Student groups get involved for SO athletes
The Wood River Student Union's Be a Fan Team asked all valley youth to get involved in the 2009 Special Olympics World Winter Games, to be held Feb 7-13 in Idaho. The student union will put together about 3,500 gift bags for Special Olympics athletes and their coaches to give them a lasting memory of the Wood River Valley. The gifts will be unisex, and will exclude food, religious or political items. The recipients are aged 8 to 80 years old. The athletes will receive their community gift packs as they depart the Snowflake Ball at the Wood River High School on Saturday, Feb. 8.
Youth groups should donate items for gift bags no later than Friday, Jan. 16. All items should be delivered to Wood River High School. For more information contact firstname.lastname@example.org.
New "soup kitchen" to start in Ketchum
Ketchum Community Dinners will start providing free meals to anyone each Wednesday from 6-7 p.m. at the Presbyterian Church of the Big Wood, at 100 Saddle Rd. in Ketchum.
"Since the economic collapse a few months ago we have seen an increase in people in the Wood River Valley that are in need of an extra hand," said organizer Michael Hobbs. "The Ketchum Community Dinners was created in an effort to help with this need."
Ketchum Community Dinners will be held in conjunction with Souper Suppers in Hailey, the Idaho Food Bank, South Central Community Action Partnership and the Hunger Collation to offer an addition to Souper Suppers, which are held on Mondays and Thursdays.
For more information call Hobbs
Airport group set to meet
Valley mayors or their representatives are scheduled to meet Wednesday, Jan. 21, at 3 p.m. in Sun Valley City Hall to discuss possible models for a governing body to oversee management of a new airport. The meeting is open to the public.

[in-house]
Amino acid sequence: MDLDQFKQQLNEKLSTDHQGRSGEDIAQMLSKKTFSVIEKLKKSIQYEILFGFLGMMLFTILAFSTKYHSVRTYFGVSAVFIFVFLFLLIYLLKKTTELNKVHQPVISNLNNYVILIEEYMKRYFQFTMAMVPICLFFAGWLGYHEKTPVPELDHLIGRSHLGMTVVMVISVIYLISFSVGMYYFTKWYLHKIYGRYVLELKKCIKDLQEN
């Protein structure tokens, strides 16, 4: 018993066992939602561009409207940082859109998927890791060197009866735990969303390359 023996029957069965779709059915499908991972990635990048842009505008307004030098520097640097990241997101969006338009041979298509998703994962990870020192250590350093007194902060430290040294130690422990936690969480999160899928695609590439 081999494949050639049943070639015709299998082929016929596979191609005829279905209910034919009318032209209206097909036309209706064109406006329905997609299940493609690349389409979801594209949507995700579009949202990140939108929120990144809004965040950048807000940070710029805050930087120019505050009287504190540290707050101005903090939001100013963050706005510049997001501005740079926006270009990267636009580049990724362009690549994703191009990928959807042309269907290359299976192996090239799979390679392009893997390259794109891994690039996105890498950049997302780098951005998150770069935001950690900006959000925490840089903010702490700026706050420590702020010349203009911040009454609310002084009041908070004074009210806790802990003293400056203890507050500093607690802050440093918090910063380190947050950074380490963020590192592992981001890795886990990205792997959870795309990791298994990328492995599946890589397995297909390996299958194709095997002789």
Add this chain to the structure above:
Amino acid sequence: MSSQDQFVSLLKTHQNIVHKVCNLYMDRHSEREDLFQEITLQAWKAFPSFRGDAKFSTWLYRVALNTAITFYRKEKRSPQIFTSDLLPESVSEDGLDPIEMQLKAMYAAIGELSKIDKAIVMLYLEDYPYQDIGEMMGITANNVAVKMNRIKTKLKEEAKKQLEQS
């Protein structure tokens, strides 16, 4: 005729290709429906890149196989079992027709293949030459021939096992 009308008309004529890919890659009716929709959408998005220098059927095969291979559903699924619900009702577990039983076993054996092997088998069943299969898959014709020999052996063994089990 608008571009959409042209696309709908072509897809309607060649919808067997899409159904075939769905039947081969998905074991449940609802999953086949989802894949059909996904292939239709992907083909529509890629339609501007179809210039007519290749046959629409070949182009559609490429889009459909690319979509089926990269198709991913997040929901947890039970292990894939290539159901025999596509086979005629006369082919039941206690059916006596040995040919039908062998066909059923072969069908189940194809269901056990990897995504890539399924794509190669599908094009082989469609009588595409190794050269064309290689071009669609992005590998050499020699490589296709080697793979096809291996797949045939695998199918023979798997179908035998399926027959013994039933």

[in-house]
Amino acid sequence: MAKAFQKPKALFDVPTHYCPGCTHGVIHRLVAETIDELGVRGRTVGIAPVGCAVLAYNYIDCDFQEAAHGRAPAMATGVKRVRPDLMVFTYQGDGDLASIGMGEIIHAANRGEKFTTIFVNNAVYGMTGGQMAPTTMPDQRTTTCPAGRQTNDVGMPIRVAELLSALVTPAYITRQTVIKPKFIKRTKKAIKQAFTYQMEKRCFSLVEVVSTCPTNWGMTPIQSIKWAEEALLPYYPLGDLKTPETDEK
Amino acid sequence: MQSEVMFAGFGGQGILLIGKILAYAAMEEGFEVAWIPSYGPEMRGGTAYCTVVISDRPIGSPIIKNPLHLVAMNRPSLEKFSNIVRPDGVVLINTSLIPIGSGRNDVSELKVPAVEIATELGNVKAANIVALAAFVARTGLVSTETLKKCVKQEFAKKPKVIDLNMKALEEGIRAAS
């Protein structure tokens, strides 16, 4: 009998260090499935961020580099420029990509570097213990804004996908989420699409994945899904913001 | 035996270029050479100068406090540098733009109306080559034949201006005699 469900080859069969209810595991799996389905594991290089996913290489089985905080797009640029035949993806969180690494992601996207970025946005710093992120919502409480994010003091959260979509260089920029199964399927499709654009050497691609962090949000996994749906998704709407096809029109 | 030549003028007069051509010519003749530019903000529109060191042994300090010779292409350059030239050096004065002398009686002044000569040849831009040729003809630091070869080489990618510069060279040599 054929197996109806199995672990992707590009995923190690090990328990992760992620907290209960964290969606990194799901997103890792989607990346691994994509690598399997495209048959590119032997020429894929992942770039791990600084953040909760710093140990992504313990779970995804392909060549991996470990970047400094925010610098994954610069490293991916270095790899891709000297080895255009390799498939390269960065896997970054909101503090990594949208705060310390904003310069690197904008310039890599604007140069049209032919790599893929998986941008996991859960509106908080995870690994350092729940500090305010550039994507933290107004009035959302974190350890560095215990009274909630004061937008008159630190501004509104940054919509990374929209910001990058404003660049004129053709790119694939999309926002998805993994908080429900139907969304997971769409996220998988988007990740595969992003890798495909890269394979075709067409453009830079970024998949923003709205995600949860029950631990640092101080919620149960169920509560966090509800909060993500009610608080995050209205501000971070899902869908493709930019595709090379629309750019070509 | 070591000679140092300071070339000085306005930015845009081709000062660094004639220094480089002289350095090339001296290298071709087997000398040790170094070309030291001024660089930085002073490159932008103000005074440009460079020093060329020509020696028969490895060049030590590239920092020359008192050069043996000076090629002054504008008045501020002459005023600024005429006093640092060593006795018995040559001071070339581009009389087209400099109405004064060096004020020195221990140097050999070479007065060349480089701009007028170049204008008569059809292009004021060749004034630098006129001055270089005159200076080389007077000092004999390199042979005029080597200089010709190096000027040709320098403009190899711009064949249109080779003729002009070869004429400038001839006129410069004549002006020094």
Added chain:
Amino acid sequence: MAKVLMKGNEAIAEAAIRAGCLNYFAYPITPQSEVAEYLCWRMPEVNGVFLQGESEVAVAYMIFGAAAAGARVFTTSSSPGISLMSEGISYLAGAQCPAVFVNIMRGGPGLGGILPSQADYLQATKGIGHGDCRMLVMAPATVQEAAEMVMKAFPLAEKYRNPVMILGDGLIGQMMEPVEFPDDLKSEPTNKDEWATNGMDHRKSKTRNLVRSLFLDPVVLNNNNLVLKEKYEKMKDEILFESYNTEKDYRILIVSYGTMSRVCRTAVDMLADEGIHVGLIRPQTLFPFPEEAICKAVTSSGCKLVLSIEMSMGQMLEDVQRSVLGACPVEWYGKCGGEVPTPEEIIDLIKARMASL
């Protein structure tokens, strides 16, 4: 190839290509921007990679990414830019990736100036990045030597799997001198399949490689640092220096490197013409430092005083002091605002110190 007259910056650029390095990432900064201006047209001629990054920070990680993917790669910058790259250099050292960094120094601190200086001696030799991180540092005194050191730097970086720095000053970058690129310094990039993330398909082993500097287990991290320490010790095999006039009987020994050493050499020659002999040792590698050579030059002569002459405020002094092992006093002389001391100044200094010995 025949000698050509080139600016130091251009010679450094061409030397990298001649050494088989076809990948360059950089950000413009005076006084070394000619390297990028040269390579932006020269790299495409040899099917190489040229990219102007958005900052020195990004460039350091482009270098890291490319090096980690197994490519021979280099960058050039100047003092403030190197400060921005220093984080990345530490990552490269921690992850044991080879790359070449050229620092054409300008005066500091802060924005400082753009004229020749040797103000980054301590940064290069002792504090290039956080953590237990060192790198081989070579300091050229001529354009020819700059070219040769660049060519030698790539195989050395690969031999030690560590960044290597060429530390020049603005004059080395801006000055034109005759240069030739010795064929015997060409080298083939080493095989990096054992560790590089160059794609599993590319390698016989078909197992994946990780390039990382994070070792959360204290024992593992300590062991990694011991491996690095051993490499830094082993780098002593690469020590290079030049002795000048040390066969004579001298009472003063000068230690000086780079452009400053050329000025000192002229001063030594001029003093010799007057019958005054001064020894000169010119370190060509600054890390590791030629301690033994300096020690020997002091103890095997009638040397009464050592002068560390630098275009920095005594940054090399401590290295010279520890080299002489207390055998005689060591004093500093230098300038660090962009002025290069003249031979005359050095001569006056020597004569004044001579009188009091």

Blaine County Commission Chairman Tom Bowman, who suggested the study, has said the larger new airport should have a more professional, rather than political, policymaking group of people from business and aviation to succeed the current five-member Friedman Memorial Airport Authority when a new airport opens.
Eating out went up, shops down
In an informal poll of local businesses conducted by the Sun Valley-Ketchum Chamber & Visitors Bureau, restaurants reported they were up as much as 30 percent from the week between Christmas and New Year's Day a year ago. At the same time retailers and lodgers reported they were off by 10 to 50 percent. Nearly all responders were optimistic about the recent snow the area received and hope that business will continue to increase in the coming months.
"People continue to travel, although we're seeing a trend that people are taking shorter vacations, booking last minute and staying closer to home," said Bronwyn Patterson, public relations manager with the chamber. "We're continuing, through strong marketing and PR efforts, to get the word out about the affordable lodging and ski packages we have available throughout the winter."
The Sun Valley SnowSports School will hold a range of ski and snowboard clinics for children and adults this winter.
Children from kindergarten through sixth grade can participate in SnowSports Camp, offered Saturdays and Sundays through January. Cost is $150, which includes lift tickets. Deadline for registration is today.
For adults, the locals clinic will be offered on three consecutive Saturdays, starting Jan. 10, for three hours per day on Baldy and two hours per day for beginners on Dollar Mountain. Cost is $120.
For schedule and fee information for all clinics, contact the school at 622-2289 or visit www.snowsports.sunvalley.com.